The Crimson Key Society gives daily tours of the Yard, reciting the history of each building. And each spring, most every newspaper account of Commencement describes the ceremonies as taking place in the shadow of historic Widener Library.
Most of the time, the University enjoys its historic image. Not last week, though, when Harvard officials asked the Massachusetts Historical Commission not to nominate nearly 60 campus buildings--including sections of the Yard, the River Houses, and Radcliffe Yard--for the national historic register.
Though its representatives argued that Harvard had not been given enough time to review the nominations, the real motivation for Harvard's opposition was more complex. Should the buildings be placed on the federal register, the University would have to submit to federal review before using government money to renovate or demolish any of the structures.
The state board paid little attention to Harvard's argument, voting 9-1 to send the list of campus properties--along with nearly 800 other Cambridge buildings--to the Secretary of the Interior with the recommendation that they be placed on the list.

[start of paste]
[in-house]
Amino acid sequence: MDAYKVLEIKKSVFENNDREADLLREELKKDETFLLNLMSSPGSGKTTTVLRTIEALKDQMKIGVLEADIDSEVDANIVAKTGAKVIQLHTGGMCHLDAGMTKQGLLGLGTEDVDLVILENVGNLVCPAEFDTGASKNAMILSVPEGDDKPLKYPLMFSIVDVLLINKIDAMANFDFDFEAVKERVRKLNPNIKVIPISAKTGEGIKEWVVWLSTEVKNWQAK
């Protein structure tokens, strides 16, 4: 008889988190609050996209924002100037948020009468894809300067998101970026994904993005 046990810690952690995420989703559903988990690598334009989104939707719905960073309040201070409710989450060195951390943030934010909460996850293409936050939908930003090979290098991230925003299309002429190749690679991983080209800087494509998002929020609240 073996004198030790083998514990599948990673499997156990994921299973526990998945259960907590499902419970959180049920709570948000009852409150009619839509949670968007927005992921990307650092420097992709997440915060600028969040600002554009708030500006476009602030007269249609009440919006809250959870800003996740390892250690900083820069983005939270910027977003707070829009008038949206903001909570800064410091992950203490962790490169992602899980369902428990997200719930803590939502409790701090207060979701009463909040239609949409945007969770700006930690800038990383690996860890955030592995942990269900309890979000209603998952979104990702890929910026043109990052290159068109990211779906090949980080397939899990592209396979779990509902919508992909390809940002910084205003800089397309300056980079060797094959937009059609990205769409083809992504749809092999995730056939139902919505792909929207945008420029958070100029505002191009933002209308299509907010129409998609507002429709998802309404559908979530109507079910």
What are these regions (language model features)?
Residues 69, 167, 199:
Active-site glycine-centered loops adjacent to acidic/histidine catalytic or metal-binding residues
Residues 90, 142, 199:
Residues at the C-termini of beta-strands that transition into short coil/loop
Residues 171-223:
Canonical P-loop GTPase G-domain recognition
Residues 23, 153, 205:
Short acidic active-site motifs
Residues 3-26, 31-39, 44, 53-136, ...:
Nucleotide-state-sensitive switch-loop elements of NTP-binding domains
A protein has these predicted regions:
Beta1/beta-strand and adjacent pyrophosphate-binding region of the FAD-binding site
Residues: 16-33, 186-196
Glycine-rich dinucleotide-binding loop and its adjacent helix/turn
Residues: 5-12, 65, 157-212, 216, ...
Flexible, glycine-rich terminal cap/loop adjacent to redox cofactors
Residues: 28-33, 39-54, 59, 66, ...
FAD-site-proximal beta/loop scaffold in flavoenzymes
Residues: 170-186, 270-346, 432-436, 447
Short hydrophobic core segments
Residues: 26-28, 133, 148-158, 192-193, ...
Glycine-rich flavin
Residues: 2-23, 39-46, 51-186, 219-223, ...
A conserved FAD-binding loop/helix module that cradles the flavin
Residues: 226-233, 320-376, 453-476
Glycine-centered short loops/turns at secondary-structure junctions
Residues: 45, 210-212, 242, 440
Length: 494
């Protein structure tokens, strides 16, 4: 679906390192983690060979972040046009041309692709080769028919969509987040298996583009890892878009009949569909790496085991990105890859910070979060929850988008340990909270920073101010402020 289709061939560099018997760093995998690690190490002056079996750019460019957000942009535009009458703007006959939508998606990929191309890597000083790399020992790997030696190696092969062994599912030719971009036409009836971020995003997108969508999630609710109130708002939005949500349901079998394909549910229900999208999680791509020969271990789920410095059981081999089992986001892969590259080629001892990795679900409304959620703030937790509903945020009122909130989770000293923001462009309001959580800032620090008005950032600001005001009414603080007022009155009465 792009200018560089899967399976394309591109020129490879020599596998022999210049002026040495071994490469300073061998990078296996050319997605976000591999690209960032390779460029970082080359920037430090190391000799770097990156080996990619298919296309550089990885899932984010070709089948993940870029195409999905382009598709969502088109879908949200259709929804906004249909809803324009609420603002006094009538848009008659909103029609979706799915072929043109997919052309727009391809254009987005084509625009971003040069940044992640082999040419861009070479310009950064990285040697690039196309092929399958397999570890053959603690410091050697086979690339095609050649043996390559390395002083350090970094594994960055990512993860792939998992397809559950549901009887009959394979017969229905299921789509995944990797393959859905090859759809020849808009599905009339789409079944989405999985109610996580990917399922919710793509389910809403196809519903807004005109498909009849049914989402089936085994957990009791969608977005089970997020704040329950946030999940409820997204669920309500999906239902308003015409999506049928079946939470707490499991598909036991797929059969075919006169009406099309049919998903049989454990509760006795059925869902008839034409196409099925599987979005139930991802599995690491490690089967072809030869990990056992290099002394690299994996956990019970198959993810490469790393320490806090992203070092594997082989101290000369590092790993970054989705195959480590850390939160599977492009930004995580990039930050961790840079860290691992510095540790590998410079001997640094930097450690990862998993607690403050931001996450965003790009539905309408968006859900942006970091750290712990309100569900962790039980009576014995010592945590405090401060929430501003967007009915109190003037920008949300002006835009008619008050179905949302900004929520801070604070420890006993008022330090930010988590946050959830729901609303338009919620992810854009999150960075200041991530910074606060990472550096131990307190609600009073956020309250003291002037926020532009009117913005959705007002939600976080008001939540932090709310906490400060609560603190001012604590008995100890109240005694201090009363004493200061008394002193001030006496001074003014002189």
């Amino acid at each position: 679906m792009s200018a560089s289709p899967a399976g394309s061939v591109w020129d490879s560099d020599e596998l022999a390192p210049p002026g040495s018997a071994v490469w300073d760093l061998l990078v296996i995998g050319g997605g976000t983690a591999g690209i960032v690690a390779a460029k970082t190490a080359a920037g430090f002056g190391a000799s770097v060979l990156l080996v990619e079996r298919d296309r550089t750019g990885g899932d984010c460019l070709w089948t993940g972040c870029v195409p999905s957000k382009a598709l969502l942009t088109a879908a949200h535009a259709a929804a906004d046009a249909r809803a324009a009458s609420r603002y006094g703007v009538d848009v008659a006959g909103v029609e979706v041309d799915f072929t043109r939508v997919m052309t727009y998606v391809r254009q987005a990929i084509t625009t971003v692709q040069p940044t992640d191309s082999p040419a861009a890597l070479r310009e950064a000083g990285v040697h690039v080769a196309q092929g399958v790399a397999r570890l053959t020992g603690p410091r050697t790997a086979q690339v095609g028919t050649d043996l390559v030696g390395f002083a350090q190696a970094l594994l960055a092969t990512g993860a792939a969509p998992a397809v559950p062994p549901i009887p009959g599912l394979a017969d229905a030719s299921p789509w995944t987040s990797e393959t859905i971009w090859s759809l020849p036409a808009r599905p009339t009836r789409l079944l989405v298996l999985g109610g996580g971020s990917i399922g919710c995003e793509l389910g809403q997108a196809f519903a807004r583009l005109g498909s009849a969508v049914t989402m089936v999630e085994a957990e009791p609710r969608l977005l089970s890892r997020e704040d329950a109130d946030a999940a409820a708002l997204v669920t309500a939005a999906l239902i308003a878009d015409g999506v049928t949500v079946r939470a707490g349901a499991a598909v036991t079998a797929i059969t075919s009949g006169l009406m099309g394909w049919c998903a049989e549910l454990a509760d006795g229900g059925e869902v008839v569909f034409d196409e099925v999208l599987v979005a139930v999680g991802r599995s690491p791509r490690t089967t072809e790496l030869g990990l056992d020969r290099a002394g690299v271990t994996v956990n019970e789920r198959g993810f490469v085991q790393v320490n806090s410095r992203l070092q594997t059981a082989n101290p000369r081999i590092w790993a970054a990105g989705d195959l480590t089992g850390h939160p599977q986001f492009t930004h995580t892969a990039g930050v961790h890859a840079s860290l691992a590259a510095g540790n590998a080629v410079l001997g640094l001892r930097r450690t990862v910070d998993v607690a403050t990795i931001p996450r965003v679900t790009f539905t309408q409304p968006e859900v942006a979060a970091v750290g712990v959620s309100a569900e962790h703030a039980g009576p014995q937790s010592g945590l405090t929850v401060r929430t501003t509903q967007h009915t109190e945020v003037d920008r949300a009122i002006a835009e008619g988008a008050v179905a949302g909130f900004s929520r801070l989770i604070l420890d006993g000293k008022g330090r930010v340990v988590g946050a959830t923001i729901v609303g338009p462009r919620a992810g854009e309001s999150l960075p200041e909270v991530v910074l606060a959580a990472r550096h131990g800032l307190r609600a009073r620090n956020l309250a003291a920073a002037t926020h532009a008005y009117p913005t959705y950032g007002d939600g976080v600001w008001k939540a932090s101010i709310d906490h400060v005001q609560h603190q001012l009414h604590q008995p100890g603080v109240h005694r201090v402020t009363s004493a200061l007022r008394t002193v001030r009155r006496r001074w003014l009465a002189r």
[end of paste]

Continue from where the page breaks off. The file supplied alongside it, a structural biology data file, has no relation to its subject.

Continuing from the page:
Harvard won't have another public hearing on its plea, but copies of their correspondence with the state and city historical commissions will be forwarded to Washington, Pat Weslowski, director of the state board, said this week.
And though Harvard hasn't given up the fight, University lawyers "have some homework to do" to figure out possible ways to challenge the nomination, Supratik Bose, a University planning officer, said yesterday.
Even if the University won its shortterm battle for extra time to review the nominations, its real fight would just be beginning. To keep the properties off the register in the words of city historical society director Charles Sullivan, "sooner or later they [Harvard] will be placed in the position of arguing that parts of the campus are not historic."
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